According to both the OSM Wiki and TagInfo [26], the five most frequently occurring types of relations (where r t contains the tag for type) are outlined as follows:
  • Multipolygon: A multipolygon relation can have any number of ways and these ways must somehow form valid rings to build a multipolygon from. Multipolygon relations are used to represent complex areas. Generally, the multipolygon relation can be used to build multipolygons in compliance with the OGC Simple Feature standard. Subsequently multipolygons allows for the expression of arbitrarily complex relations within OSM.
  • Restriction: Relations with the type=restriction key allows the modeling of different types of traffic flow restrictions at junctions, intersections, etc. A turn restriction at a junction is represented by a relation that has a set of tags describing the type of turn restriction. This turn restriction relation is not necessarily limited to turns. It can also be used in a number of other situations.
  • Route: This type of relation models a regular known line or path of travel. According to the OSM Wiki routes can consist of paths taken repeatedly by people and vehicles: a ship on the predefined shipping route, a car on a numbered road, a bus on its route or a cyclist on a national route.
  • Public Transport: Relations with this type=public_transport allow for the description of relations used in the public transport tagging scheme in OSM. This relation corresponds to the description of all types of public transport stops, stations, halts, areas or similar. As stated in the OSM Wiki pages “A stop area consists of everything regarding the embarkation and disembarkation of a specific public transport vehicle or service” [27]. In the example of a specific railway line, this includes the adjacent platform, services on that platform, buildings, and information describing it (platform number, identification, etc.).
  • Route Master: Relations of type type=route_master contain all the direction and variant routes and information belonging to a whole route service. Routes or services are represented by vehicles that always run the same way with the same reference number. Each direction of a route should be tagged as a separate relation. If a route has several variants (e.g., different way at weekend), these variants should also be in separate relations.
In addition to relations with the type tag key assigned to one of the five values above, there are other frequently occurring types of relations in OSM including boundary, associatedStreet, site, waterway and bridge. However, these types of relations appear much less frequently within the global OSM database and subsequently we decided to omit them from our analysis.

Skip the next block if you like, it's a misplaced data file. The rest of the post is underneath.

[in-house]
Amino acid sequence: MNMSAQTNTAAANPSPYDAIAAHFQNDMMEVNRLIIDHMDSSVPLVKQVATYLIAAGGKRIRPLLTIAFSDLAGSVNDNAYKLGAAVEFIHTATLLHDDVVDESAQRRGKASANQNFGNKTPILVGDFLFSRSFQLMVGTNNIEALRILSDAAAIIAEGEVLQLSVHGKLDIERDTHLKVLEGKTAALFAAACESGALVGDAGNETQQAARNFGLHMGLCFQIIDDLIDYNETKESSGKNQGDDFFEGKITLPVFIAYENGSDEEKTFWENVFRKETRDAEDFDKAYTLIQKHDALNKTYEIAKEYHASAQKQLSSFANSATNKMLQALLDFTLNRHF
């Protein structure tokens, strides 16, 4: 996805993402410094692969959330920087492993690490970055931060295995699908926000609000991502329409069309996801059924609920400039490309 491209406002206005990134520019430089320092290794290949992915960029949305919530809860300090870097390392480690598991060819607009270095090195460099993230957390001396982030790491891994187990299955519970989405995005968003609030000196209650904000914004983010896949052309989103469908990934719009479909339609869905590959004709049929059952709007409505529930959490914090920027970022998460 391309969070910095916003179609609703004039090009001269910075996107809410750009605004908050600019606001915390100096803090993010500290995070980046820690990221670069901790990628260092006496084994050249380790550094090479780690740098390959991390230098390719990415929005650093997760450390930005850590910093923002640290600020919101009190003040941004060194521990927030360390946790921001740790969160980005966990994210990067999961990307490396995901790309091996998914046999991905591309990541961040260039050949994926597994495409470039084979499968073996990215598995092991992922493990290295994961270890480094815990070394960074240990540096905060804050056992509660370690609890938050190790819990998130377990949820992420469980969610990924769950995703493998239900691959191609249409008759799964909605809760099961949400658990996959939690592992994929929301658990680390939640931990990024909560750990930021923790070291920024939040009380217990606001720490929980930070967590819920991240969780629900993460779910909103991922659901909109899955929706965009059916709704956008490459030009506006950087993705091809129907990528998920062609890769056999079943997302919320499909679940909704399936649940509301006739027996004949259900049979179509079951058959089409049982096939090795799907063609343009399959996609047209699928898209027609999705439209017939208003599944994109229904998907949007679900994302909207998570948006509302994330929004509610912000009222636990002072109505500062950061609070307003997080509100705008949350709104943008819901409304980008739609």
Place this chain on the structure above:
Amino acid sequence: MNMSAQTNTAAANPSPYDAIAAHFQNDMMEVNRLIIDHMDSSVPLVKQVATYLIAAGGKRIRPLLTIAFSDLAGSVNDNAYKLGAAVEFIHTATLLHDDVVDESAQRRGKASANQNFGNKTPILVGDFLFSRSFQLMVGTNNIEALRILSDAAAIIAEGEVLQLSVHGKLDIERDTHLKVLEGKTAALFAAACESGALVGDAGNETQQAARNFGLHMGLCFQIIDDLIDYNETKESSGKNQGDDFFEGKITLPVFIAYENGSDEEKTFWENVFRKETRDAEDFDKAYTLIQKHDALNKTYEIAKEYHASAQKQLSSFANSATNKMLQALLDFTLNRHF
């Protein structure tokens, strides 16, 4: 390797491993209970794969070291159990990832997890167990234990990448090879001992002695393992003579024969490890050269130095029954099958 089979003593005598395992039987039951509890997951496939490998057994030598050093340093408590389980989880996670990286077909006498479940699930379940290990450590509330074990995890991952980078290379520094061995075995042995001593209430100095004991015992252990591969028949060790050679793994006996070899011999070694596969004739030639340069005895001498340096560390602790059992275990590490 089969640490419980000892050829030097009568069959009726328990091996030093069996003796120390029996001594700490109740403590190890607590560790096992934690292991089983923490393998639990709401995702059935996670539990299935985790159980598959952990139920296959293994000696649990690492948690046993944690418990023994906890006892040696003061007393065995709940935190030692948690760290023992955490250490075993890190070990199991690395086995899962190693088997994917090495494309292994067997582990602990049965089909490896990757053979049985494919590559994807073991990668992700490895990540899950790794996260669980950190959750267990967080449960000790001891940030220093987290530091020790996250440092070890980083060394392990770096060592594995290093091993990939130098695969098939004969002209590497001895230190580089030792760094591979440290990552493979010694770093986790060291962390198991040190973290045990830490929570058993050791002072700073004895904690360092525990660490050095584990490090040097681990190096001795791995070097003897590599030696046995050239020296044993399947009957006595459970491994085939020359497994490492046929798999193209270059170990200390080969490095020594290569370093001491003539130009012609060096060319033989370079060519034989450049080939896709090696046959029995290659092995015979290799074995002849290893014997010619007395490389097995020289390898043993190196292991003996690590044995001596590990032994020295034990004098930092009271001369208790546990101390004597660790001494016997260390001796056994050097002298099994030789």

4. Experimental Analysis

In this section, we outline the experimental analysis we performed on the relations extracted from OSM for four European cities: Madrid, Rome, Vienna and Zurich. As this was an exploratory examinations of relations in OSM, we did not impose strict criteria when choosing the case study cities. There are many European, or global cities, we could have chosen. Informally, we choose these four locations from our own preferences. We believe these cities have strong OSM contributor communities, good OSM coverage, different sizes of overall geographical area, and the likelihood of a large number of relation objects. We also felt that it would be important to consider cities where bulk imports of geographic data had been performed on the local OSM database. Bulk imports have been identified as having influence on contribution patterns in OSM [28].

4.1. Relation Data Extraction

To perform the data extraction, we carried out the following set of steps. The OSM XML for Madrid, Rome, Vienna and Zurich was downloaded from GeoFabrik on 30 June 2017. We downloaded the whole country files for Spain, Italy, Austria and Switzerland and then extracted the cities directly from this. Using a Python script, we extracted all of the relations for each of the cities and stored these in a PostgreSQL PostGIS database. Java software was developed to perform the analysis of the relations within the PostGIS database. R was used for statistical calculations and visualisations. In summary, the number of relations in each city are as follows: Vienna 9177, Zurich 1855, Rome 13,226 and Madrid 6403. We used the OSM relation representing each city boundary in OSM as a means of extracting the relations in each city in an equivalent manner. In cases where the OSM relation crossed the boundary of the city the entire relation was extracted. All attributes of each relation are stored in the PostGIS database. These include all of the attributes displayed in the XML in Figure 1. We calculate a number of additional attributes including the number of members in each relation, number of tags, etc.

4.2. Relation Analysis